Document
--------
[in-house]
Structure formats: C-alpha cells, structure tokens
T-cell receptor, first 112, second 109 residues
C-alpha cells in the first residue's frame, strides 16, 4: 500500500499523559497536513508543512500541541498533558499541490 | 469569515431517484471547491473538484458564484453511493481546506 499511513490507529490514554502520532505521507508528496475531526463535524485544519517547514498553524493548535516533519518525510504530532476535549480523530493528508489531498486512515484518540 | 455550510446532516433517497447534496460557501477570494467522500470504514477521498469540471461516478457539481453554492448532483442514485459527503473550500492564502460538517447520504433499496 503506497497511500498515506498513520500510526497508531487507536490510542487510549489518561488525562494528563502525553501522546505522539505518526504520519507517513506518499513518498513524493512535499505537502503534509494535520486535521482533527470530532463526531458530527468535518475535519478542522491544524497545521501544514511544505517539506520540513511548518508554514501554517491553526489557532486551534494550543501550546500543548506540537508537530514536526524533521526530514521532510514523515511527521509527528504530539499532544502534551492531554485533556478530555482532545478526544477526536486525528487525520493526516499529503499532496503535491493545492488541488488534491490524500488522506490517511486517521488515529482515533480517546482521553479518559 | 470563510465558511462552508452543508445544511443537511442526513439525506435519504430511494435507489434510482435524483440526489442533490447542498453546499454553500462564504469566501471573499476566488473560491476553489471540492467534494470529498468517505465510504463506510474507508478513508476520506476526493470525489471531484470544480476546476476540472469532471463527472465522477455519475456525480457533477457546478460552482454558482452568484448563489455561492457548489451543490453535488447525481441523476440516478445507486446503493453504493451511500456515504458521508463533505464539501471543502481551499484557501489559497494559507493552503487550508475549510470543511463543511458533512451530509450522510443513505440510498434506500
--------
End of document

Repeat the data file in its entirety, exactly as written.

[in-house]
Structure formats: C-alpha cells, structure tokens
T-cell receptor, first 112, second 109 residues
C-alpha cells in the first residue's frame, strides 16, 4: 500500500499523559497536513508543512500541541498533558499541490 | 469569515431517484471547491473538484458564484453511493481546506 499511513490507529490514554502520532505521507508528496475531526463535524485544519517547514498553524493548535516533519518525510504530532476535549480523530493528508489531498486512515484518540 | 455550510446532516433517497447534496460557501477570494467522500470504514477521498469540471461516478457539481453554492448532483442514485459527503473550500492564502460538517447520504433499496 503506497497511500498515506498513520500510526497508531487507536490510542487510549489518561488525562494528563502525553501522546505522539505518526504520519507517513506518499513518498513524493512535499505537502503534509494535520486535521482533527470530532463526531458530527468535518475535519478542522491544524497545521501544514511544505517539506520540513511548518508554514501554517491553526489557532486551534494550543501550546500543548506540537508537530514536526524533521526530514521532510514523515511527521509527528504530539499532544502534551492531554485533556478530555482532545478526544477526536486525528487525520493526516499529503499532496503535491493545492488541488488534491490524500488522506490517511486517521488515529482515533480517546482521553479518559 | 470563510465558511462552508452543508445544511443537511442526513439525506435519504430511494435507489434510482435524483440526489442533490447542498453546499454553500462564504469566501471573499476566488473560491476553489471540492467534494470529498468517505465510504463506510474507508478513508476520506476526493470525489471531484470544480476546476476540472469532471463527472465522477455519475456525480457533477457546478460552482454558482452568484448563489455561492457548489451543490453535488447525481441523476440516478445507486446503493453504493451511500456515504458521508463533505464539501471543502481551499484557501489559497494559507493552503487550508475549510470543511463543511458533512451530509450522510443513505440510498434506500